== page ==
A cluster headache is one of the most painful types of headaches and often appears unexpectedly and rather quickly. Those experiencing a cluster headache may wrongfully assume it is a migraine since some of the initial symptoms of both forms of headaches overlap, such as nausea or sensitivity to light; however, one of the primary differences of a cluster headache is that, for many people, there is a recurrence of symptoms over what is known as a cluster period, which typically lasts six to 12 weeks but can persist for as long as an entire year. During a cluster period, individuals can experience headaches as frequently as several times per day and for as long as three hours at a time.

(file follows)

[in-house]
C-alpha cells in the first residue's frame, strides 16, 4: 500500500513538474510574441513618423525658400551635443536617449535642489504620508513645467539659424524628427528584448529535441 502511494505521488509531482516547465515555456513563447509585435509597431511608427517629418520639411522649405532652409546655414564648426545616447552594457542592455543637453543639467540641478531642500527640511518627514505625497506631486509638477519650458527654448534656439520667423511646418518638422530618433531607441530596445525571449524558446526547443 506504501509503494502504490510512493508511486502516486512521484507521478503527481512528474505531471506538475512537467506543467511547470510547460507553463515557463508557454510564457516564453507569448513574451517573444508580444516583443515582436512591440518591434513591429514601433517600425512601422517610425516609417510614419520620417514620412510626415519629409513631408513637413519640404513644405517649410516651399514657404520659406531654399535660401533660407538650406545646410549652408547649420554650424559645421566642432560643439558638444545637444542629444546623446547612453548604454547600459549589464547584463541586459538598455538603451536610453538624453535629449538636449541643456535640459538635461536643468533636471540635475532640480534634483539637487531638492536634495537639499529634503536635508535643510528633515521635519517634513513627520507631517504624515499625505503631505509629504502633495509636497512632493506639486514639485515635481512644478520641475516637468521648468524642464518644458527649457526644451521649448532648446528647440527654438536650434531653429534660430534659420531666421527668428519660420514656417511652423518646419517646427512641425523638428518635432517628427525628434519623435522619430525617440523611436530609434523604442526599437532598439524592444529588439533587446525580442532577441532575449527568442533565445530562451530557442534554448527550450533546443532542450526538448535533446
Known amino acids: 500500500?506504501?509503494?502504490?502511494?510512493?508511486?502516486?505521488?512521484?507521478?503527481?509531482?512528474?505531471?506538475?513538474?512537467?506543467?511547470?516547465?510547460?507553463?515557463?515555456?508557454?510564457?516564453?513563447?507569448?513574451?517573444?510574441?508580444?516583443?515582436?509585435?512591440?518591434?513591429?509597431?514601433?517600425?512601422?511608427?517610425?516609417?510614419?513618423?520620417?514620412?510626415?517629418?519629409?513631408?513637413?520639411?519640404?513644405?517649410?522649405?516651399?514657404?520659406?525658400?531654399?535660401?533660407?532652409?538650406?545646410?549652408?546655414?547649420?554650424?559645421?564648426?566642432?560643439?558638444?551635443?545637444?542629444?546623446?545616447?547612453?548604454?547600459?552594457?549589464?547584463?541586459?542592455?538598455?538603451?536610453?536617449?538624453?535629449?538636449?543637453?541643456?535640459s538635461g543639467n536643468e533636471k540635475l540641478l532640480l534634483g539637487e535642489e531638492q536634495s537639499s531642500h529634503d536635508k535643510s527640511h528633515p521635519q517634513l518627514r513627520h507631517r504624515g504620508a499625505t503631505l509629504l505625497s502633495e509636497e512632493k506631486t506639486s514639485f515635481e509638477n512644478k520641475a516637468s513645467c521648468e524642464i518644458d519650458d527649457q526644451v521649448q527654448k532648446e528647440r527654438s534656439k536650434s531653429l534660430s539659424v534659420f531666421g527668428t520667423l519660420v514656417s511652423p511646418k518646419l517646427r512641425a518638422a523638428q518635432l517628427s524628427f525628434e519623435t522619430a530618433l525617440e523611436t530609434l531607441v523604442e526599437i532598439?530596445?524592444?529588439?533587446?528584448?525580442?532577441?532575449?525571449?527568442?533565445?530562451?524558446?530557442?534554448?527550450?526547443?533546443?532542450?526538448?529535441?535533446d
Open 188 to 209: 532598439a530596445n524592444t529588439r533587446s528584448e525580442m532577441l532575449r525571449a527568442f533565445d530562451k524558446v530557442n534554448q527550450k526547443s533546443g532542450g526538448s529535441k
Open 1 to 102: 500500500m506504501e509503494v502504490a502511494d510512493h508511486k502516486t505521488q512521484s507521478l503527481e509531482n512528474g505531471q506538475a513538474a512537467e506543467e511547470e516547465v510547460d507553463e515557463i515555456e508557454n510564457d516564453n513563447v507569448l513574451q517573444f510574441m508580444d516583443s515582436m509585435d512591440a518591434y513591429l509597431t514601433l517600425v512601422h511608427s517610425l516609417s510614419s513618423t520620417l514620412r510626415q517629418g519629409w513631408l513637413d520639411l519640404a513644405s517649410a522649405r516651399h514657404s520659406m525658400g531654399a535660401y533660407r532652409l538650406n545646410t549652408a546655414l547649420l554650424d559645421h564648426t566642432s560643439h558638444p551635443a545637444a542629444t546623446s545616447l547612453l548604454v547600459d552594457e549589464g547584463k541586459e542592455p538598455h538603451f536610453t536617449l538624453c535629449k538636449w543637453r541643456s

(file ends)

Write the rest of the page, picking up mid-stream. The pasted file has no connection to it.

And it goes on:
The following symptoms are most commonly associated with cluster headaches and may help identify instances of this painful condition.
- Extreme pain, typically on one side of the face
- Drooping eyelids
- Swollen or watery eyes
- Nasal congestion or drainage
- Sensitivity to light or noise
- Pacing or restlessness
- Pale or sweaty skin
- Redness of the eyes or face
If you feel you might be experiencing a cluster headache, or you have recently encountered persistent headache pain that will not subside, meet with your primary care physician immediately to identify or rule out any serious underlying medical conditions.